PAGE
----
“Joined the Army at Scutari in May, 1854. Present at every bombardment. Specially selected by Colonel Tylden for important daily duties in the trenches of the right attack, and was subsequently strongly recommended by him for promotion which he received”.
He sailed for home on the 19th January 1856.
He was home for less than a year before sailing for China in time for the start of the Second Opium War.
The Second Opium War, the Second Anglo-Chinese War, the Second China War, the Arrow War, or the Franco-British expedition to China, was a war pitting the British Empire and the Second French Empire against the Qing dynasty (present day China), lasting from 1856 to 1860.
Little is known of Knight’s service in China but he served a total of three years in china and was awarded The China Medal 1857-1860 with clasps for Taku Forts 1860 and Pekin 1860.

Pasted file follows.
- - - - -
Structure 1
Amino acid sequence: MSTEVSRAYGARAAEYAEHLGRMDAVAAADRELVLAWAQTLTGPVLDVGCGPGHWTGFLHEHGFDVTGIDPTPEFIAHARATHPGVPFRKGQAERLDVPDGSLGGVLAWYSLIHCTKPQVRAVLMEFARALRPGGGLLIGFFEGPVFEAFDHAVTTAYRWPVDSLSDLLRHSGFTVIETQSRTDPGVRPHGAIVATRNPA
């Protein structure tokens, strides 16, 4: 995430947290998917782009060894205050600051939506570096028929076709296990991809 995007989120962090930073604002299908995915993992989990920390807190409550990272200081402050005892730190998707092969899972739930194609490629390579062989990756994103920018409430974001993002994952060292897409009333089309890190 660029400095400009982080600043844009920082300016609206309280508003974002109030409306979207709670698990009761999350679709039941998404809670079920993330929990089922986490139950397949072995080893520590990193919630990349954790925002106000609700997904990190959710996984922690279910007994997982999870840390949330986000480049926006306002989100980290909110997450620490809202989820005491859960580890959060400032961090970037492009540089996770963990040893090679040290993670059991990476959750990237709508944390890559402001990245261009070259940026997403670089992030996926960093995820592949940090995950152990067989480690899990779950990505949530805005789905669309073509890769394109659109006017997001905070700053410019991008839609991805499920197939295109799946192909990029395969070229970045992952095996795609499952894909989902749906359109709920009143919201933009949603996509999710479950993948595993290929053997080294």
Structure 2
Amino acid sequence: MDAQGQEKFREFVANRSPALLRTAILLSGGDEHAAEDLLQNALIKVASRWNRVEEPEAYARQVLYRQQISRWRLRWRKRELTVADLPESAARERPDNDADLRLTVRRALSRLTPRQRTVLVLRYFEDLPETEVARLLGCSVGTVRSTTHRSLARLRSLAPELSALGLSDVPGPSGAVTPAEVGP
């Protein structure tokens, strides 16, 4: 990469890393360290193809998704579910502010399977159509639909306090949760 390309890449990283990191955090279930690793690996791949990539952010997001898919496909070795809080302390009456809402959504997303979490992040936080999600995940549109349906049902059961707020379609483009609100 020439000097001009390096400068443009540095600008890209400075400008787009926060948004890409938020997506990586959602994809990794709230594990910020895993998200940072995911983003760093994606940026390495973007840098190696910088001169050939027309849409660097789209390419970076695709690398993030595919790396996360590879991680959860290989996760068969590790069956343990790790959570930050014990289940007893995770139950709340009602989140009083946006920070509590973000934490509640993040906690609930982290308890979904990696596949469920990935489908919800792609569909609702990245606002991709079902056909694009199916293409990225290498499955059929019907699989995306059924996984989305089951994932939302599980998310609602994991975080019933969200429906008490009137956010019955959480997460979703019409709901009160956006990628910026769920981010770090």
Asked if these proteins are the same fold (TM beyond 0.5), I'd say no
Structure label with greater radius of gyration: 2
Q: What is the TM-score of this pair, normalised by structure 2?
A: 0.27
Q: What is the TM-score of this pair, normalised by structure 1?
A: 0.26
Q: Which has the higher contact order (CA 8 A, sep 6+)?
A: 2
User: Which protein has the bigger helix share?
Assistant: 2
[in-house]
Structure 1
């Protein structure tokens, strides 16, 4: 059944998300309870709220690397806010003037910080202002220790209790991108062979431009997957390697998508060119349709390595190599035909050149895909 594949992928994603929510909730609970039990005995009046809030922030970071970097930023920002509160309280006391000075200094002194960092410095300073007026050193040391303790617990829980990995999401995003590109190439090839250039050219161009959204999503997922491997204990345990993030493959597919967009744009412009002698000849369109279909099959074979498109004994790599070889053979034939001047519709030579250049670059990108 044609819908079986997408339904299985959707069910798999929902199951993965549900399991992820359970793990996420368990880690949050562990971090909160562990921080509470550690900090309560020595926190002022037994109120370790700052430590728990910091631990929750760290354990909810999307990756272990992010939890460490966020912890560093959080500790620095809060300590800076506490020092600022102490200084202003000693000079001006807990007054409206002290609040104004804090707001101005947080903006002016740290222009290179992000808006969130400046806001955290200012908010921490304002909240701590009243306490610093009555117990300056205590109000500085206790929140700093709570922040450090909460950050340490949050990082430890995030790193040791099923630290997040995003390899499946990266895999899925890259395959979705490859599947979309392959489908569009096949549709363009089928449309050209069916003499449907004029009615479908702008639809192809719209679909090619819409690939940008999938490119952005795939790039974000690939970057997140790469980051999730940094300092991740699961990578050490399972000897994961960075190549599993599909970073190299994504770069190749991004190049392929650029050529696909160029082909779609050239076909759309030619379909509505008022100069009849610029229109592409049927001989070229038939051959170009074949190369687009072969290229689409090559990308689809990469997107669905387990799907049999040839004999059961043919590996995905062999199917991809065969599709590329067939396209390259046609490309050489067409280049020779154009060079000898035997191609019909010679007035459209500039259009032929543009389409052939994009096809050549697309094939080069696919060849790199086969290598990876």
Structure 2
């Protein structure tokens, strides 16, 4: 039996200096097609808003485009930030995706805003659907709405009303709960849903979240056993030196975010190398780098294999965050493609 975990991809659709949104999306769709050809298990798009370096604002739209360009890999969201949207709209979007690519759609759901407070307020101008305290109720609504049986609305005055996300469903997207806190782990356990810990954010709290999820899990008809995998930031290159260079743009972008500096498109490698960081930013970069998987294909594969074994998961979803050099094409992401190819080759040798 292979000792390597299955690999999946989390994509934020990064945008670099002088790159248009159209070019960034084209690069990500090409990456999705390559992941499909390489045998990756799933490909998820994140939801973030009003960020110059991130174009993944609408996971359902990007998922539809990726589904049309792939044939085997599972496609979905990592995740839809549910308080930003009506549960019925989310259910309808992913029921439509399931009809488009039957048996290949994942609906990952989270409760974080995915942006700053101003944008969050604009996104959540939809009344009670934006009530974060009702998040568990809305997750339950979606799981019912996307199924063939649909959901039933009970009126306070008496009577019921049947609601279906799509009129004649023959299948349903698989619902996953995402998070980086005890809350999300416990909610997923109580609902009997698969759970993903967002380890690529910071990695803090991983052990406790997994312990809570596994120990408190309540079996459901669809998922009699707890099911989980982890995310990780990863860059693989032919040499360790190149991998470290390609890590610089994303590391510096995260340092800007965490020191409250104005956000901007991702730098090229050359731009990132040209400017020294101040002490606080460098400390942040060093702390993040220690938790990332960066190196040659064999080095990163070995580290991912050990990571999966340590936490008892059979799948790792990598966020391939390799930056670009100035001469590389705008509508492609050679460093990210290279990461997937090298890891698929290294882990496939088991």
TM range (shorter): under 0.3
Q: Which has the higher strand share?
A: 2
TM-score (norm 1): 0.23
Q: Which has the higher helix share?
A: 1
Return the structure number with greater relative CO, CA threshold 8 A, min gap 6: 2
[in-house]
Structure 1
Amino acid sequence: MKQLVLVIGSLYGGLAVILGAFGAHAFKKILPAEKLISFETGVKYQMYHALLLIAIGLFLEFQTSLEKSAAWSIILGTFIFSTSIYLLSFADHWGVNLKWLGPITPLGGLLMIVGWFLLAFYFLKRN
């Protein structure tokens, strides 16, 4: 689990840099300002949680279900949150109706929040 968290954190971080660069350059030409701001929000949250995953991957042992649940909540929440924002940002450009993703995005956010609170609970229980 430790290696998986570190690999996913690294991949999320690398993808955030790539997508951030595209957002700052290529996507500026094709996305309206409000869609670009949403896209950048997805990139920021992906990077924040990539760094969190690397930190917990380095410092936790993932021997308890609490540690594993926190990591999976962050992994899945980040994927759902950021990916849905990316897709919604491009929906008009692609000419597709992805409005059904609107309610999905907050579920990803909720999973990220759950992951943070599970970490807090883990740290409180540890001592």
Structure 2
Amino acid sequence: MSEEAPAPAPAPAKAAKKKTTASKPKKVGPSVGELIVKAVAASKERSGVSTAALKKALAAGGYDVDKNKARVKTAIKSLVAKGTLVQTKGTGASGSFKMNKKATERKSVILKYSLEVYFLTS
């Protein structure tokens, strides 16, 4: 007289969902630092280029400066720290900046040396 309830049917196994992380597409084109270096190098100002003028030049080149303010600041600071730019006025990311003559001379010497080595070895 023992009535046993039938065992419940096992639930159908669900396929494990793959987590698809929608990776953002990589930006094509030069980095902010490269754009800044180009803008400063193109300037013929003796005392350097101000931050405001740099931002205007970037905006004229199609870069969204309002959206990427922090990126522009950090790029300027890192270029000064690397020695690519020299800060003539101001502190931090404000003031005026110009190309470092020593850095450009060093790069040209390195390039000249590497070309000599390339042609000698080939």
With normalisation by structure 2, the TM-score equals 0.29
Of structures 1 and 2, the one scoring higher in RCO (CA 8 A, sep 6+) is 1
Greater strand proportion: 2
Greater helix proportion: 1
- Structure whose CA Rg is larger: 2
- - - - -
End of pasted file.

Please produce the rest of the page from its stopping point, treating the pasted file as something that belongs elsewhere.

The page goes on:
After returning to Britain in the Autumn of 1861 he was posted to the Royal Engineers depot at Chatham and on the 6th May 1862 received his final promotion to Sergeant Major.
His army service was exemplary and on his regimental record a note was added which stated:
Conduct has been very good and he was in the possession of one good conduct badge when promoted and would had he not been promoted have now been in possession of five good conduct badges.
After serving for 22 years 295 days and being awarded the Meritorious Service Medal in 1869 Sergeant-Major Kester Knight retired.
In 14th July, 1878 Knight he was rewarded for his service with a post of Yeoman of the Guard at the Tower of London. He lived at the tower with his wife and was one of 39 Yeomans on duty when a Fenian terrorist attacked the Tower with dynamite.
Knight was a Yeoman for 16 years before dying on the 11th June, 1894 at the Tower. So ended the life of this remarkable Victorian solider.